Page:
“I think of writing as a full-time job. What works for me at the moment is to get up early (six or seven) in the morning and spend a few dedicated hours reading, writing, or revising previous work. Then I might head to class or work, depending on the day. The creative process is different for everyone; I try to read at least twice as much as I write to jumpstart creativity and to help my writing be informed by what has been said before me and what is being said around me. I think refining one’s writing craft is less glamorous than typically imagined.
My evenings tend to be more unstructured, but several times a week I try to dedicate time to a cultural event NYC has to offer. I try my hardest to eat a meal that I have made.
On weekends I might run errands, clean, cook, etc. but I also try to spend a whole lot of time doing a whole lot of nothing. I think that restful aspect of creativity is sometimes overlooked. Leaving time for life, leaving time for joy—to make love, to listen to music, to rest, to take a walk, to sit on the porch, to spend time with loved ones, to eat well—is just as, if not more, important to me as to-do lists, goals, or deadlines.”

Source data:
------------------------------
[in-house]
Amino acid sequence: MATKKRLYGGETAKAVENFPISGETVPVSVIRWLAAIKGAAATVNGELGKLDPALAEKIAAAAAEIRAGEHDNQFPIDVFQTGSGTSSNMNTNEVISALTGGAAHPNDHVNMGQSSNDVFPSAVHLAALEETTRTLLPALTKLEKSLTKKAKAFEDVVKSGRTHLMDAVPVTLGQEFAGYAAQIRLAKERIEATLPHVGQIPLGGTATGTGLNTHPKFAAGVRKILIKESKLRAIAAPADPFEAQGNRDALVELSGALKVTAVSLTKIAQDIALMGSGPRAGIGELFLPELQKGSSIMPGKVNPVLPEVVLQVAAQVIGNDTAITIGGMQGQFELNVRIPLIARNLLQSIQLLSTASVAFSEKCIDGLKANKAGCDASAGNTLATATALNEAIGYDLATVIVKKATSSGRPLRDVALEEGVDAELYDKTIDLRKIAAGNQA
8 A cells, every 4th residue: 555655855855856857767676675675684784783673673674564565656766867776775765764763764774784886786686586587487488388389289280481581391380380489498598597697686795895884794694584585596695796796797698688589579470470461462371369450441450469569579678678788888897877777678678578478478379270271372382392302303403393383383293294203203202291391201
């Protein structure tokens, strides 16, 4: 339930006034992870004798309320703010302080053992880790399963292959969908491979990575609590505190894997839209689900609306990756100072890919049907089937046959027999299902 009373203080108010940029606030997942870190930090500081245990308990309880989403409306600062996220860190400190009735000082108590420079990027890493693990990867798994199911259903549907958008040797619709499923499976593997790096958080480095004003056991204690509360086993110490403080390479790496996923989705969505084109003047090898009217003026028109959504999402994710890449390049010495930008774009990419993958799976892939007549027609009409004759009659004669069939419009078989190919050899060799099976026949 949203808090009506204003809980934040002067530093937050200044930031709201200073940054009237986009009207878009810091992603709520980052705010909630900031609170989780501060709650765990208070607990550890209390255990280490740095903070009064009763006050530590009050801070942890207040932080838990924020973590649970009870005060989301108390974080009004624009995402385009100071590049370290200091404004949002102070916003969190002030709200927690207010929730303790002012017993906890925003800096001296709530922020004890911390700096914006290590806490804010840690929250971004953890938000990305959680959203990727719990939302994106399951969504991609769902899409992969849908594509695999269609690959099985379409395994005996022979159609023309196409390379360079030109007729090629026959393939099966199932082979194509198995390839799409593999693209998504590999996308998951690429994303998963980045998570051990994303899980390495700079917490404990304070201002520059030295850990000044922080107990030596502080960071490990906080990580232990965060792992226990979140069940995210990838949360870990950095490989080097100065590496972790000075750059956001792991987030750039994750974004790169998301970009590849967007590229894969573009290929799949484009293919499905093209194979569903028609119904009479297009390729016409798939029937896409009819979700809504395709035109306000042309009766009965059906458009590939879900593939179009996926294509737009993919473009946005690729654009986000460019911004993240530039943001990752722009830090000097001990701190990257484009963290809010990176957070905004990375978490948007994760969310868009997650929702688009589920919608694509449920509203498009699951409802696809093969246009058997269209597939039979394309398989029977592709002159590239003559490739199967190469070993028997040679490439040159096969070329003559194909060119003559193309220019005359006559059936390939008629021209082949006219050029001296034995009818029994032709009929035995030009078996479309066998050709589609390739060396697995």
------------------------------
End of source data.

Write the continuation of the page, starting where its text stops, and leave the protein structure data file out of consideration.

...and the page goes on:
“I use Spotify quite a bit to listen to music. I prefer Instagram to Facebook these days. I listen to podcasts using Overcast. One app I am trying to use more is LeapSecond. The idea is that you take a one-second video each day and it will compile them into a short video with a year of moments. I am trying to preserve positive memories whenever I can.”
“That decision to take drastic action eventually led me to my passion but looking back I think it was not what I did that mattered but that I had reached a point in my life when I was ready to do anything.”
“I was fortunate enough to study abroad while in college. I lived in Managua, Nicaragua for a semester. As part of the program, we flew to Havana, Cuba and spent ten days in that spectacular city. Not only was that entire time eye-opening in terms of understanding how the United States has impacted Latin America—mostly negatively, in my view—it was an experience with language and culture I will never forget. To encounter Havana was like encountering a whole and dynamic person. The layers were intriguing and endless.”